I have to say I admire some of the work that the Smithsonian Magazine has been doing lately… between this an their recent Amelia Earhart cover story, they’ve been doing an excellent job of questioning recent historical ‘discoveries’.
On March 2nd, National Geographic reported the possible discovery of a long-lost city, alternatively known as the “White City” or the “City of the Monkey God.”
An expedition to Honduras has emerged from the jungle with dramatic news of the discovery of a mysterious culture’s lost city, never before explored… For a hundred years, explorers and prospectors told tales of the white ramparts of a lost city glimpsed above the jungle foliage. Indigenous stories speak of a “white house” or a “place of cacao” where Indians took refuge from Spanish conquistadores—a mystical, Eden-like paradise from which no one ever returned… Archaeologists, however, no longer believe in the existence of a single “lost city,” or Ciudad Blanca, as described in the legends. They believe Mosquitia harbors many such “lost cities,” which taken together represent something far more important—a lost civilization.
But Smithsonian Magazine has now raised a number of questions about the story.
Last week, the internet was enthralled by the story of a mysterious and ancient abandoned city buried in vegetation and rediscovered by a scientific expedition… Researchers who’ve worked in the region say the find and its coverage was sensationalized and omitted both local knowledge and previous research.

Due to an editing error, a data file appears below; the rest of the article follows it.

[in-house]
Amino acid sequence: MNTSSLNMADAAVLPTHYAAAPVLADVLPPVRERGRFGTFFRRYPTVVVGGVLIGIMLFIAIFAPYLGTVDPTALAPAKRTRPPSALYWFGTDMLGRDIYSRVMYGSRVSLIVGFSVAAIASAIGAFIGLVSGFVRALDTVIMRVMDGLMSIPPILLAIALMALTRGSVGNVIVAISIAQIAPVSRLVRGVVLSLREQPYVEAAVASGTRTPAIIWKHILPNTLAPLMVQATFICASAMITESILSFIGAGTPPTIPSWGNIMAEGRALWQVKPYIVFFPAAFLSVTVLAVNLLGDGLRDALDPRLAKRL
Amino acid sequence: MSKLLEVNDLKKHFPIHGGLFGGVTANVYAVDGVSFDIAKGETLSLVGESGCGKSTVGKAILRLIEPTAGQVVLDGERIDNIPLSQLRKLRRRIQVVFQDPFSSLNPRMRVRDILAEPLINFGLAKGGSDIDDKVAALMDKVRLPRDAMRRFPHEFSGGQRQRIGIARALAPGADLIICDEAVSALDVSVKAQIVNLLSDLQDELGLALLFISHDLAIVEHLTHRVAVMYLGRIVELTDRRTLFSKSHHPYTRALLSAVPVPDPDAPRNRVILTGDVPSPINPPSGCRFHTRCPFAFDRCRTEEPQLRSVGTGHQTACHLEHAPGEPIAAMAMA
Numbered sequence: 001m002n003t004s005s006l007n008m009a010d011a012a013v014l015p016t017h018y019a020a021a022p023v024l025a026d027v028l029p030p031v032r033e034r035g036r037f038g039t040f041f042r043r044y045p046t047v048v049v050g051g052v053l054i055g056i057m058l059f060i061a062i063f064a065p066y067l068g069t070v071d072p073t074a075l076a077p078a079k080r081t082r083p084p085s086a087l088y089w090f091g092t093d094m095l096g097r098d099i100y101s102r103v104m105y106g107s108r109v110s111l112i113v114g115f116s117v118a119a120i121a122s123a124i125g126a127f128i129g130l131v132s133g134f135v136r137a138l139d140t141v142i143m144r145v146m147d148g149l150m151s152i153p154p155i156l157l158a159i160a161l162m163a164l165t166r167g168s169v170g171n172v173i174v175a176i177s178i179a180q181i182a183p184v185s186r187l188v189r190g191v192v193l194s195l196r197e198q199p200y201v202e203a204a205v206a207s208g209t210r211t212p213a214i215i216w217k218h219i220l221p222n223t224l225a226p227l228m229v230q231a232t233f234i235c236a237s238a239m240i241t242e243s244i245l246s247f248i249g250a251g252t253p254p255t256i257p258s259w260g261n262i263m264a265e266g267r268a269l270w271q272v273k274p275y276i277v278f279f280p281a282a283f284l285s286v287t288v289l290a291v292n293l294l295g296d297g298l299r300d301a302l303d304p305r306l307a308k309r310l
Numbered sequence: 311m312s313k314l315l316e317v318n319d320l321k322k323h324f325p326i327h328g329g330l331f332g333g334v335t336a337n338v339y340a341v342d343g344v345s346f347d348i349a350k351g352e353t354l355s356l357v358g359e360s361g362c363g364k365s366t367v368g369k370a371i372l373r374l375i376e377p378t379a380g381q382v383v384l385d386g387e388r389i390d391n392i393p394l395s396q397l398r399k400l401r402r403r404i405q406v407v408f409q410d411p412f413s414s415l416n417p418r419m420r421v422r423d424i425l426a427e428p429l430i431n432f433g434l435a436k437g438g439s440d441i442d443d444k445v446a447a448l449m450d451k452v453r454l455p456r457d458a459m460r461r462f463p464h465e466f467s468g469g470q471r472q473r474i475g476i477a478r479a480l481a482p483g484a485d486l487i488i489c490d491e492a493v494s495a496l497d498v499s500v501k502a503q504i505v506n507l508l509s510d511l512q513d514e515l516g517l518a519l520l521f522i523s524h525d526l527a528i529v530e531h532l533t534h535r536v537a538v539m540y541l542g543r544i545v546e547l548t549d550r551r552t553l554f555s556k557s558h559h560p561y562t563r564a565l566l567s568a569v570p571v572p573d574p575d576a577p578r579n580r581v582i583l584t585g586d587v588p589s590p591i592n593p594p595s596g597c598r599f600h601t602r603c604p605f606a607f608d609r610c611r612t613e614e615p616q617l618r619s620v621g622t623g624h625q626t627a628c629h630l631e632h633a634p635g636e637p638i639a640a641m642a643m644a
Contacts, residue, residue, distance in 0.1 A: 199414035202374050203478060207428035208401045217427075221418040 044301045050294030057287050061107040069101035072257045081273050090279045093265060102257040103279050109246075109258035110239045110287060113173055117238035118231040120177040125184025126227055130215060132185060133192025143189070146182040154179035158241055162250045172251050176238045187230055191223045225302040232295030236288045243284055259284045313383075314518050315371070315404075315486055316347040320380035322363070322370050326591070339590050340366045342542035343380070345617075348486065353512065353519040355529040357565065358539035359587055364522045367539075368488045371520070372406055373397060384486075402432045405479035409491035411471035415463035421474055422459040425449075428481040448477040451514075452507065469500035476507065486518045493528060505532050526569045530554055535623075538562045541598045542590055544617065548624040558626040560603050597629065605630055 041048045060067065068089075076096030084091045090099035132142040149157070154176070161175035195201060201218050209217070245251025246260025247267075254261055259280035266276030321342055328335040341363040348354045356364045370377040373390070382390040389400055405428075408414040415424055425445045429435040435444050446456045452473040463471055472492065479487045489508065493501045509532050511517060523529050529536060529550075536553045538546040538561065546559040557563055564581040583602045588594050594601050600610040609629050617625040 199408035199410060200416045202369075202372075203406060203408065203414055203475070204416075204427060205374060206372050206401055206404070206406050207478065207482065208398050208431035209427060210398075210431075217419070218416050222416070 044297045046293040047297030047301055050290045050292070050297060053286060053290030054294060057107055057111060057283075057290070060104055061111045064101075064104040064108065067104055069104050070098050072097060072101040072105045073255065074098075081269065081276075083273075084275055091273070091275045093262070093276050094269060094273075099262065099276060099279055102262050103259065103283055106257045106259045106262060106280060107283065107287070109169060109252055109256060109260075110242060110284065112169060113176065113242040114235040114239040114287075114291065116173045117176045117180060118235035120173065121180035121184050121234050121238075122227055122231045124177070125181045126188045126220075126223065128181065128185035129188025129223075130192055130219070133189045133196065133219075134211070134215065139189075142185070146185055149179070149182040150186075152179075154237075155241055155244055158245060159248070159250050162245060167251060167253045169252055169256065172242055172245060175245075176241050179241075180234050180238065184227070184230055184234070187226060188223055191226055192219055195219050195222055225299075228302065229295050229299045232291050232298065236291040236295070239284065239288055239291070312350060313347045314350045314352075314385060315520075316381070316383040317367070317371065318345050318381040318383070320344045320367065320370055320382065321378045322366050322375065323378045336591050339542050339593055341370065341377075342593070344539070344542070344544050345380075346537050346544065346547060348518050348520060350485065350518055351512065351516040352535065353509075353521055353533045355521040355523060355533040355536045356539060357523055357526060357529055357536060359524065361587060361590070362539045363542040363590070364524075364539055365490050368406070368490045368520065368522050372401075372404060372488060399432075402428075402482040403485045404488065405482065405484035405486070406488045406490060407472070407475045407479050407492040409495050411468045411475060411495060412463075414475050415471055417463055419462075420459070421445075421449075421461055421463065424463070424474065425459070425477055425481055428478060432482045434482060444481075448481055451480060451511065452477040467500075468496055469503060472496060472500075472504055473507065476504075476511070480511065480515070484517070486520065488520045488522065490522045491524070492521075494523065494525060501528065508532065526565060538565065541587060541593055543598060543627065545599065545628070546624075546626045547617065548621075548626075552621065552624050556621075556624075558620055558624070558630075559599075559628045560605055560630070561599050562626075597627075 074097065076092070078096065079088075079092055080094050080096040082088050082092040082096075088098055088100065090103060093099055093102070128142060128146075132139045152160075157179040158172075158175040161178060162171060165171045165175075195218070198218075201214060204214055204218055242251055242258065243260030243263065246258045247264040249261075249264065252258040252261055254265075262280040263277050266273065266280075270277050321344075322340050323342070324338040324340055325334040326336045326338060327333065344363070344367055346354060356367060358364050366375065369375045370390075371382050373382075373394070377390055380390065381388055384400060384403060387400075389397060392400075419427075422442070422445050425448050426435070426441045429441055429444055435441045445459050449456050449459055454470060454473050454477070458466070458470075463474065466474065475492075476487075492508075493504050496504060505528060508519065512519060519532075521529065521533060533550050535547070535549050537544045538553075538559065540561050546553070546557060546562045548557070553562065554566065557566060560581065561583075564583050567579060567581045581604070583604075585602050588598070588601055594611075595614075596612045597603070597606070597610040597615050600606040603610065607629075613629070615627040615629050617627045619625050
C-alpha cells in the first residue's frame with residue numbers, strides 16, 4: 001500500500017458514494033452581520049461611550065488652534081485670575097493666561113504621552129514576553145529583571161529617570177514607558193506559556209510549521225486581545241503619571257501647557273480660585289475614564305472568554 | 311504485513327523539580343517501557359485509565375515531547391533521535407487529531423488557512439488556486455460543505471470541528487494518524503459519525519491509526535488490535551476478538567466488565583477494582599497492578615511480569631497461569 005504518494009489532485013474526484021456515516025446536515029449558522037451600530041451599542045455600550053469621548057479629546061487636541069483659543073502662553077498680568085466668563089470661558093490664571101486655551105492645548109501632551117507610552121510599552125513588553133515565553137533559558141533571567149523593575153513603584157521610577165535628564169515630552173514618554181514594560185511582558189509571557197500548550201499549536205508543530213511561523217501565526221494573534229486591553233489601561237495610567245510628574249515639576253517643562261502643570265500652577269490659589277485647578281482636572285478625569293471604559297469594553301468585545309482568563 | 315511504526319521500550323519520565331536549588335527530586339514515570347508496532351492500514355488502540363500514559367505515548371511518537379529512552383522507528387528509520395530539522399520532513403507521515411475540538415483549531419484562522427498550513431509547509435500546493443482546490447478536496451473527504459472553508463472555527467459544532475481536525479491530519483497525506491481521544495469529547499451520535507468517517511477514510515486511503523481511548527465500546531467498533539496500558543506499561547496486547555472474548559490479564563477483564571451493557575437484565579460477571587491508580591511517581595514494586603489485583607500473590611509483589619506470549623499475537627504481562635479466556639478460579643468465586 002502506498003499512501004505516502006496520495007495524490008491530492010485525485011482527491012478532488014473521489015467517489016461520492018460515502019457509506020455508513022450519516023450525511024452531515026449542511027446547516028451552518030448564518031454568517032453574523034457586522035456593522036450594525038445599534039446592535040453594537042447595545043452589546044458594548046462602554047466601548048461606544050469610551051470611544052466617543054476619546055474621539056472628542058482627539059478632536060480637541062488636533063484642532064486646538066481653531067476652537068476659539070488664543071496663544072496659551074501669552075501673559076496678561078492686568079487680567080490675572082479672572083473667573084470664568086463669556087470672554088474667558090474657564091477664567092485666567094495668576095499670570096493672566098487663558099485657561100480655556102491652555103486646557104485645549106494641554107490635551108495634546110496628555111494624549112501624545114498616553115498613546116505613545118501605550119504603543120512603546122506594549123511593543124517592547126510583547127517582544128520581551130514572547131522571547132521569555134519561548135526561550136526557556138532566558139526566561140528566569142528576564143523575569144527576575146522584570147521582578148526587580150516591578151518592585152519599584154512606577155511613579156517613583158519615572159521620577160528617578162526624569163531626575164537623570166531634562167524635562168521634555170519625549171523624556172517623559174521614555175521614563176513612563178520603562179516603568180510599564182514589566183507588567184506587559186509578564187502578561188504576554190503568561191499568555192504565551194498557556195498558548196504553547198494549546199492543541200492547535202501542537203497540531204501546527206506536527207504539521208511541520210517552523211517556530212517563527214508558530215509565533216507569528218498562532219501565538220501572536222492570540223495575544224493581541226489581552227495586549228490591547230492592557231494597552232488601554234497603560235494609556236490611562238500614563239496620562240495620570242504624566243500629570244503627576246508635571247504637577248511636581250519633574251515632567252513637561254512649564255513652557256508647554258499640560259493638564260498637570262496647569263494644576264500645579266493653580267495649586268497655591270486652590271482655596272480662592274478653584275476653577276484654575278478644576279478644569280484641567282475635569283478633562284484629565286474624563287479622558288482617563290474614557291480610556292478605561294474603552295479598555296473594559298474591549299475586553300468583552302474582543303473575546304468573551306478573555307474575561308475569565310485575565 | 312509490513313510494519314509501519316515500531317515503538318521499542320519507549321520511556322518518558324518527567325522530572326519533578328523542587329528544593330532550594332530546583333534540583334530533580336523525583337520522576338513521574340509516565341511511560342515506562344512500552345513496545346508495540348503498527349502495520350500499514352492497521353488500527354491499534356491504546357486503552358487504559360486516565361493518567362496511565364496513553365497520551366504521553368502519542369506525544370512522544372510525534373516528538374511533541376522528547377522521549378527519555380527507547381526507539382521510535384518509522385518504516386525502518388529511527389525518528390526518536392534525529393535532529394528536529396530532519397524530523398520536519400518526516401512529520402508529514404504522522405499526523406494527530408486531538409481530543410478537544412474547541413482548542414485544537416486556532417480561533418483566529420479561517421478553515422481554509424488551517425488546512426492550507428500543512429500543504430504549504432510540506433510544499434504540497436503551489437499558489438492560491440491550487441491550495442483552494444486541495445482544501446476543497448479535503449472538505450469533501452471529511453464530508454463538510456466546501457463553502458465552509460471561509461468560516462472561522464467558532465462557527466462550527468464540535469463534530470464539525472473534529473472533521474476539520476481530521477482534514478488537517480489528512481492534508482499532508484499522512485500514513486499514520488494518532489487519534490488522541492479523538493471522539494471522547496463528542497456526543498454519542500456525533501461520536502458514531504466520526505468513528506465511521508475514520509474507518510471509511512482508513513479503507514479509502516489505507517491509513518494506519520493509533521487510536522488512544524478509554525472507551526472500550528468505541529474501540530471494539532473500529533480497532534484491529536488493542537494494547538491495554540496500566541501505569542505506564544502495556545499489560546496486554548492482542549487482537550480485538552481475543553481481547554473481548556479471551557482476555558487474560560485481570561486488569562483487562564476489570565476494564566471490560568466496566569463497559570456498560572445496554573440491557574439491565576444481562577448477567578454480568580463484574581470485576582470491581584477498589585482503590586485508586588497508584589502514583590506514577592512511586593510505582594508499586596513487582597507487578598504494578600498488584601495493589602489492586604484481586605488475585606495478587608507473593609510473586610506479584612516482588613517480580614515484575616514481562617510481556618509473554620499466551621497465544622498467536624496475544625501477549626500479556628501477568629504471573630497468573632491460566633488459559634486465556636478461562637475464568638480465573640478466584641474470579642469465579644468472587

Smithsonian Magazine isn’t alone in the critique of the story. On March 6th, an open letter appeared in the blog “Real Honduran Archaeology,” which stated, among other issues:
We write to express serious concerns over the recent articles proclaiming the discovery of a lost city or lost civilization in Honduras. We find that these articles: 1) make exaggerated claims of ‘discovery,’ 2) ignore extensive previous research in the region, 3) fail to acknowledge local residents’ familiarity with the region, 4) sensationalize the practice of archaeology, and 5) employ an offensive and dated discourse that is at odds with anthropology’s substantial efforts at inclusion and multivocality. In addition to appearing uninformed and focused on self-aggrandizement, these articles implicitly violate a basic tenet of science, attributed to archaeologist David Hurst Thomas: ‘It’s not what you find; it’s what you find out.”
It’s a little hard to tell how much of the criticism is motivated by political correctness and academic infighting–inclusion and “multivocality” may be important tenants for modern archaeological and anthropological practice, but a little nuanced for glossy magazines. That being said, exaggerated and uncritically repeated claims have hit a tipping point, and I’m very happy to see Smithsonian Magazine do their part to tamp down on the nonsense.